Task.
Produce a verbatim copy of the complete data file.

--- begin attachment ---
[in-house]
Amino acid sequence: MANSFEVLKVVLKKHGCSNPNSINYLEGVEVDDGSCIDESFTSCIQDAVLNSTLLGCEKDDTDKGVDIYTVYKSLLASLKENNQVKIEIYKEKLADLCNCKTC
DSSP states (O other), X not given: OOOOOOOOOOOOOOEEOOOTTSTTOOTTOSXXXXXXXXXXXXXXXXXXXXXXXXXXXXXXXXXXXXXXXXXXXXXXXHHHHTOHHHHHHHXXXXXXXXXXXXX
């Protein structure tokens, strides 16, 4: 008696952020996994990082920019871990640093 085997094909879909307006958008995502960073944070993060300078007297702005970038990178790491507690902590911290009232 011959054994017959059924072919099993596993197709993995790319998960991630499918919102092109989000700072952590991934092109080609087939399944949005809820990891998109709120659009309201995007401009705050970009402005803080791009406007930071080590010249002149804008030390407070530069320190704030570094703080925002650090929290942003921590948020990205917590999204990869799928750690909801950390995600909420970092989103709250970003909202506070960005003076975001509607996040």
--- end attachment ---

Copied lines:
[in-house]
Amino acid sequence: MANSFEVLKVVLKKHGCSNPNSINYLEGVEVDDGSCIDESFTSCIQDAVLNSTLLGCEKDDTDKGVDIYTVYKSLLASLKENNQVKIEIYKEKLADLCNCKTC
DSSP states (O other), X not given: OOOOOOOOOOOOOOEEOOOTTSTTOOTTOSXXXXXXXXXXXXXXXXXXXXXXXXXXXXXXXXXXXXXXXXXXXXXXXHHHHTOHHHHHHHXXXXXXXXXXXXX
């Protein structure tokens, strides 16, 4: 008696952020996994990082920019871990640093 085997094909879909307006958008995502960073944070993060300078007297702005970038990178790491507690902590911290009232 011959054994017959059924072919099993596993197709993995790319998960991630499918919102092109989000700072952590991934092109080609087939399944949005809820990891998109709120659009309201995007401009705050970009402005803080791009406007930071080590010249002149804008030390407070530069320190704030570094703080925002650090929290942003921590948020990205917590999204990869799928750690909801950390995600909420970092989103709250970003909202506070960005003076975001509607996040």